Microbiology Laboratory

Nasal surveillance of patients on high

risk units began 2000

Implementation CHROMagar MRSA 2004

Flayhart D, et al. 2005. J Clin Microbiol 43:5536-40.

Increased demand for epidemiology support:

Strain typing, SCCmec typing

PVL testing

Environmental testing

Pressure to implement molecular testing

Trish Perl, M.D.


Farley JE, Stamper PD, Cai M, et.al 2008.

Comparison of the BD GeneOhm MRSA

PCR assay to culture using BBL

CHROMagar MRSA for detection of MRSA

from nasal surveillance cultures in an atrisk

community population.

J Clin Microbiol 46:743-6

Farley JE, Ross T, Stamper P, et. al. 2008.

Methicillin resistant Staphylococcus aureus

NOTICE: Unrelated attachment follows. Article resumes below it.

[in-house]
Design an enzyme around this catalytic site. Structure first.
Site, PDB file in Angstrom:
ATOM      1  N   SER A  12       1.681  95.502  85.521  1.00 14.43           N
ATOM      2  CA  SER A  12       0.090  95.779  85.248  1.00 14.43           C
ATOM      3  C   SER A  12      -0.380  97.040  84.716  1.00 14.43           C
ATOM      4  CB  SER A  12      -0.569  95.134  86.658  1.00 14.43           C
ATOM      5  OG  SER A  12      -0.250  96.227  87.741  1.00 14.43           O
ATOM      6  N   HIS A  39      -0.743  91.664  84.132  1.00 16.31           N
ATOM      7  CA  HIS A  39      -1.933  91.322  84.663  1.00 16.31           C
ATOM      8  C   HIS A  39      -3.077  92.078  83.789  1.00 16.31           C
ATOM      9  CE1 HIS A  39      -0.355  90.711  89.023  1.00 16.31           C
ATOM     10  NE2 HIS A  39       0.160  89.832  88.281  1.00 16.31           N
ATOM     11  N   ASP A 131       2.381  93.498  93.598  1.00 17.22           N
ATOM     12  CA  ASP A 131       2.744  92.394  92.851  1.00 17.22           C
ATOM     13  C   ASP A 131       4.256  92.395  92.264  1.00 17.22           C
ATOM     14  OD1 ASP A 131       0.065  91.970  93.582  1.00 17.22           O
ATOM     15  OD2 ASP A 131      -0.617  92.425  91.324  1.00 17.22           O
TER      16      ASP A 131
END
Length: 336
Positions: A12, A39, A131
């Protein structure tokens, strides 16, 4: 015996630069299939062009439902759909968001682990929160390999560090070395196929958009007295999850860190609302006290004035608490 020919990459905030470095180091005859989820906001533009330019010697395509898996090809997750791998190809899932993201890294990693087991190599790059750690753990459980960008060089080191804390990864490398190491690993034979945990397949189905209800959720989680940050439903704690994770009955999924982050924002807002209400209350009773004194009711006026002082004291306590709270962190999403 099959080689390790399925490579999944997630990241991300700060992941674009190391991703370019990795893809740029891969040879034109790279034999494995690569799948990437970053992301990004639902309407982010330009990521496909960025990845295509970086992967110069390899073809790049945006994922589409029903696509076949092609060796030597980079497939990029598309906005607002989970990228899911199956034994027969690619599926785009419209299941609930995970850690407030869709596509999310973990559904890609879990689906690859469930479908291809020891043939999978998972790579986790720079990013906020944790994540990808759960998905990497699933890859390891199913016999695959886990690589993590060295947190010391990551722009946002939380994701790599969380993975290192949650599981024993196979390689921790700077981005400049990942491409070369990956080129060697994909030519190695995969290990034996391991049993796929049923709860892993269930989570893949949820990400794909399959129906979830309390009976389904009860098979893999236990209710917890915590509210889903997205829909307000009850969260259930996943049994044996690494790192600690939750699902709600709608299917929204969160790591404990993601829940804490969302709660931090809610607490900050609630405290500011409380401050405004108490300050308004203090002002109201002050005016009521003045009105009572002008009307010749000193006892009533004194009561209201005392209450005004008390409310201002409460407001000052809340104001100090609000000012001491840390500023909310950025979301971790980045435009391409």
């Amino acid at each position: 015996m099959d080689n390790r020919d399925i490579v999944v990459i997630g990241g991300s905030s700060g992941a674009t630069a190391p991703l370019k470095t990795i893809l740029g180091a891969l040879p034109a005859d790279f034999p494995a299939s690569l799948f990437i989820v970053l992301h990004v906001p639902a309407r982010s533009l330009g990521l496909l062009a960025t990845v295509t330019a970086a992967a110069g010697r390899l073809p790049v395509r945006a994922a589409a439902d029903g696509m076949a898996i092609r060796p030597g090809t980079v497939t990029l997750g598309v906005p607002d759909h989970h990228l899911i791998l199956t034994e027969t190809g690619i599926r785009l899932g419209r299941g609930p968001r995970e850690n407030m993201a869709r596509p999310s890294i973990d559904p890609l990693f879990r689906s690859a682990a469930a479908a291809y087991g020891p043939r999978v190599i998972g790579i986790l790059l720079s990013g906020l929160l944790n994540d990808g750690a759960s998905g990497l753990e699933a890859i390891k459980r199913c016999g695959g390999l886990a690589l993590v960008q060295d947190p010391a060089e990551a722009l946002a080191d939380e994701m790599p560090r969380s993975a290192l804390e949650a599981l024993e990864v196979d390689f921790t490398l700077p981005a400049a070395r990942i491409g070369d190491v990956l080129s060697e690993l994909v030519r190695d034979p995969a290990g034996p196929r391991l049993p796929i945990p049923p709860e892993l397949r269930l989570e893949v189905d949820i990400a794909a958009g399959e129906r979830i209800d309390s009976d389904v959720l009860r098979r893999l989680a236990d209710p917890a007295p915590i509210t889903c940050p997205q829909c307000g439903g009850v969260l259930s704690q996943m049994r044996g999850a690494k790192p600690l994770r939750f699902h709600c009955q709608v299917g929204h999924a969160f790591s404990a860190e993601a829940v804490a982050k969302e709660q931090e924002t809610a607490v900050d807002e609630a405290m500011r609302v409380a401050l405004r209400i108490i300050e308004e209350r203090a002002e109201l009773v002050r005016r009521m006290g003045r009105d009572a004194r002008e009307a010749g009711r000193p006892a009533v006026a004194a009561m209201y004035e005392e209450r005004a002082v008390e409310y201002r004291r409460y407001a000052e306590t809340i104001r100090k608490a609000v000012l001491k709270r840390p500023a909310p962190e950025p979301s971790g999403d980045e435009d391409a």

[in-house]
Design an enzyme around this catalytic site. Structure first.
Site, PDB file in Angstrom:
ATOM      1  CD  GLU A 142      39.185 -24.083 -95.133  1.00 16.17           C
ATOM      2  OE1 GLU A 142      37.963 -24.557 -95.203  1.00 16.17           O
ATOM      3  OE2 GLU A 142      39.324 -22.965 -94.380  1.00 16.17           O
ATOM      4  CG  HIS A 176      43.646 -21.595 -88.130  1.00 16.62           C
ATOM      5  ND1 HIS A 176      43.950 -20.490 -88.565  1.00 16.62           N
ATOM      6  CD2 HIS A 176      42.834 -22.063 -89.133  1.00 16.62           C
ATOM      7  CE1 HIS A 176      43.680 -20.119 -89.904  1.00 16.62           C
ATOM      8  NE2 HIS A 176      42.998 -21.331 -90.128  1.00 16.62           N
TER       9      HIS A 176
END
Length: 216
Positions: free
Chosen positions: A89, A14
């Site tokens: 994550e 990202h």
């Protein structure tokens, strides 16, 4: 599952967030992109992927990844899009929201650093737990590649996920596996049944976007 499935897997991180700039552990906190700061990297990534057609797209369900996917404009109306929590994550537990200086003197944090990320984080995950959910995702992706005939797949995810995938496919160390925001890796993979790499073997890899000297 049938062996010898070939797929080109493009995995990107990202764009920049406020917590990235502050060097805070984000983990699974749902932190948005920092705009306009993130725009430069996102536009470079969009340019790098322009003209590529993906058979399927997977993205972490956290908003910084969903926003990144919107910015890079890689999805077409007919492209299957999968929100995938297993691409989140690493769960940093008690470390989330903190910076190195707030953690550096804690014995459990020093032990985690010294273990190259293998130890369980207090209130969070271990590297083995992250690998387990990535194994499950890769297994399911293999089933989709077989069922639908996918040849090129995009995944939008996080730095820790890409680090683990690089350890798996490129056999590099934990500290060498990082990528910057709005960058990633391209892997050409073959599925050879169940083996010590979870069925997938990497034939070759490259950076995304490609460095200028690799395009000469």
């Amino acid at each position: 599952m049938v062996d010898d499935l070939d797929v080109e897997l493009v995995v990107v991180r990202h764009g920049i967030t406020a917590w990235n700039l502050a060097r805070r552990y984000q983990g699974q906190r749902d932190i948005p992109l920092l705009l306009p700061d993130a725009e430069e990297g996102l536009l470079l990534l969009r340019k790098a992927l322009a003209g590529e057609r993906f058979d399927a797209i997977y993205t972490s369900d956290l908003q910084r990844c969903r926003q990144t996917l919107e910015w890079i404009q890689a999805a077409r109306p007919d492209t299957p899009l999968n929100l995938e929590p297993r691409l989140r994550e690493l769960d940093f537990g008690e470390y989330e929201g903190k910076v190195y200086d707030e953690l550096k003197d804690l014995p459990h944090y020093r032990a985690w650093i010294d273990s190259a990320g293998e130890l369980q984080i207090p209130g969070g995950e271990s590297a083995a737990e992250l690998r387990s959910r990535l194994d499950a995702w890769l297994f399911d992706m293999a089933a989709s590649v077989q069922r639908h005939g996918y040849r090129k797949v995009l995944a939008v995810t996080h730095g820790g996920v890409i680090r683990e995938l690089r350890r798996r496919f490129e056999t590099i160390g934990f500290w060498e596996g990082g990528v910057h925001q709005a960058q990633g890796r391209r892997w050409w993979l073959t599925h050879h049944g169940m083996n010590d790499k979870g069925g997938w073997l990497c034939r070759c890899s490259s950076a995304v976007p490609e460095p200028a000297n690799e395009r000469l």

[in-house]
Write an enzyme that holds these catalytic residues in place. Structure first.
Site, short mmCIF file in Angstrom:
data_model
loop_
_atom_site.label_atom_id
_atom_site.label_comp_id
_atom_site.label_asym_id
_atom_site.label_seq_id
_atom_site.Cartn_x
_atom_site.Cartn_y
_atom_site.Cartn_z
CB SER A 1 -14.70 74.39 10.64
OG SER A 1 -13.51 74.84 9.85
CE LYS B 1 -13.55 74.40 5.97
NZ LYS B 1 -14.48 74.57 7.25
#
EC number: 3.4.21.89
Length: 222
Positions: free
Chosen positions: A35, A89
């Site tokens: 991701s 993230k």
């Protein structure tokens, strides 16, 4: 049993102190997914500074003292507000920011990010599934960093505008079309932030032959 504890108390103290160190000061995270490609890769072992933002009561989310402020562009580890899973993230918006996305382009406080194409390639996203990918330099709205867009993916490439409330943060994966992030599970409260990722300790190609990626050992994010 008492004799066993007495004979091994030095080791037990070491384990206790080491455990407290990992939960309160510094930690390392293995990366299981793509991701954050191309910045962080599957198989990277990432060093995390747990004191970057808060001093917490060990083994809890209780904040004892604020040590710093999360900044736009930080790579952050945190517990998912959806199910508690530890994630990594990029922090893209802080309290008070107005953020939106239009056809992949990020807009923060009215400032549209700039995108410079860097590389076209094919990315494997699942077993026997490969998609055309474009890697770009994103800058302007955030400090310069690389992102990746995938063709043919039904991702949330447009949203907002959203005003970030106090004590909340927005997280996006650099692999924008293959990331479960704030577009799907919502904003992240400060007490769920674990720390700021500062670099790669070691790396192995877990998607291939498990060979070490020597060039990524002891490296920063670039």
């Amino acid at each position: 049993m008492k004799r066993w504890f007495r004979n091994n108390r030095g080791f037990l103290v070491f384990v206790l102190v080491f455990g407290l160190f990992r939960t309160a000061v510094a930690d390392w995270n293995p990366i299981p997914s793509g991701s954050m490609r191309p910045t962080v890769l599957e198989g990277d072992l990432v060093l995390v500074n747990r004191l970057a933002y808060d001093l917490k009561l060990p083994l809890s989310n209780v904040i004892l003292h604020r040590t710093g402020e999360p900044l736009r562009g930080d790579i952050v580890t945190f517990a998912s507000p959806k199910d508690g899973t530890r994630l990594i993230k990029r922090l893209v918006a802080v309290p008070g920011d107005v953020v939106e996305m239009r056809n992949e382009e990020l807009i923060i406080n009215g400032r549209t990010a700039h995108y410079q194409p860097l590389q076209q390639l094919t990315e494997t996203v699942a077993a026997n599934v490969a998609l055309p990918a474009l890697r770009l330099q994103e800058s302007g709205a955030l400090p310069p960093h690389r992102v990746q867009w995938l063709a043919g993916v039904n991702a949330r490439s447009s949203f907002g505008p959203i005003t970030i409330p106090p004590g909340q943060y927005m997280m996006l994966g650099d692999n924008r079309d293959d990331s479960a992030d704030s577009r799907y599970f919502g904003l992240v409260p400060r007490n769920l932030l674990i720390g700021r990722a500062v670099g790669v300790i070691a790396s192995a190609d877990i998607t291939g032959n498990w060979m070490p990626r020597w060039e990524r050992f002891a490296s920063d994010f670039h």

nasal colonization among newly arrested males

in Baltimore, Maryland. Am J Infect Control

36:644-50.

Stamper PD, Louie L, Wong H, et. al. 2011. Genotypic and phenotypic

characterization of MSSA isolates misidentified as MRSA by the BD

GeneOhm MRSA assay. J Clin Microbiol 49:1240-4.

vs.


Study Results…….

• Prevalence of MSSA and MRSA nasal colonization

among 602 newly arrested men in Baltimore — 40.4%

and 15.8%; 80% were USA 300 or related subtypes

• BD GeneOhm MRSA PCR assay: Sensitivity and

specificity 89.0%, 91.7%, respectively

• 42 false positives by PCR

• 13/42 contained genotypic MRSA but phenotypic

MSSA:

– 1 USA 300 isolate had intact mecA gene that was not expressed

– 11 USA 400-like isolates lacked mecA; remnants of type IVa cassette

– 1 USA 100 had remnant of type II cassette and lacked mecA